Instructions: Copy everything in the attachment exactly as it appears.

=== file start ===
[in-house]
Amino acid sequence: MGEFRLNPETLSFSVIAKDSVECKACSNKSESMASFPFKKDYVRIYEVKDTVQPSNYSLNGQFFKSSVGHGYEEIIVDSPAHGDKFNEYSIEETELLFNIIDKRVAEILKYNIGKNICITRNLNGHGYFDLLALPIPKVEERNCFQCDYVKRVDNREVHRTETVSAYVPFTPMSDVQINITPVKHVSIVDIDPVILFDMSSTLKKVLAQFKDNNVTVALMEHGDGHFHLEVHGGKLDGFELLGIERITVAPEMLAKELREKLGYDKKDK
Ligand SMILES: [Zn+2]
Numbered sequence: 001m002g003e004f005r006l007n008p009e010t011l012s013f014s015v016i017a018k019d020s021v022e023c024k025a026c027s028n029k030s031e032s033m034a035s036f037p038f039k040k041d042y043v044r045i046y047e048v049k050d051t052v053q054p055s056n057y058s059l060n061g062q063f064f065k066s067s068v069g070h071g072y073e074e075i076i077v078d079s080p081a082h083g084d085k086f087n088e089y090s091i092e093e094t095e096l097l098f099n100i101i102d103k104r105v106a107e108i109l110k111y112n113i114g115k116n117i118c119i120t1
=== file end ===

[in-house]
Amino acid sequence: MGEFRLNPETLSFSVIAKDSVECKACSNKSESMASFPFKKDYVRIYEVKDTVQPSNYSLNGQFFKSSVGHGYEEIIVDSPAHGDKFNEYSIEETELLFNIIDKRVAEILKYNIGKNICITRNLNGHGYFDLLALPIPKVEERNCFQCDYVKRVDNREVHRTETVSAYVPFTPMSDVQINITPVKHVSIVDIDPVILFDMSSTLKKVLAQFKDNNVTVALMEHGDGHFHLEVHGGKLDGFELLGIERITVAPEMLAKELREKLGYDKKDK
Ligand SMILES: [Zn+2]
Numbered sequence: 001m002g003e004f005r006l007n008p009e010t011l012s013f014s015v016i017a018k019d020s021v022e023c024k025a026c027s028n029k030s031e032s033m034a035s036f037p038f039k040k041d042y043v044r045i046y047e048v049k050d051t052v053q054p055s056n057y058s059l060n061g062q063f064f065k066s067s068v069g070h071g072y073e074e075i076i077v078d079s080p081a082h083g084d085k086f087n088e089y090s091i092e093e094t095e096l097l098f099n100i101i102d103k104r105v106a107e108i109l110k111y112n113i114g115k116n117i118c119i120t1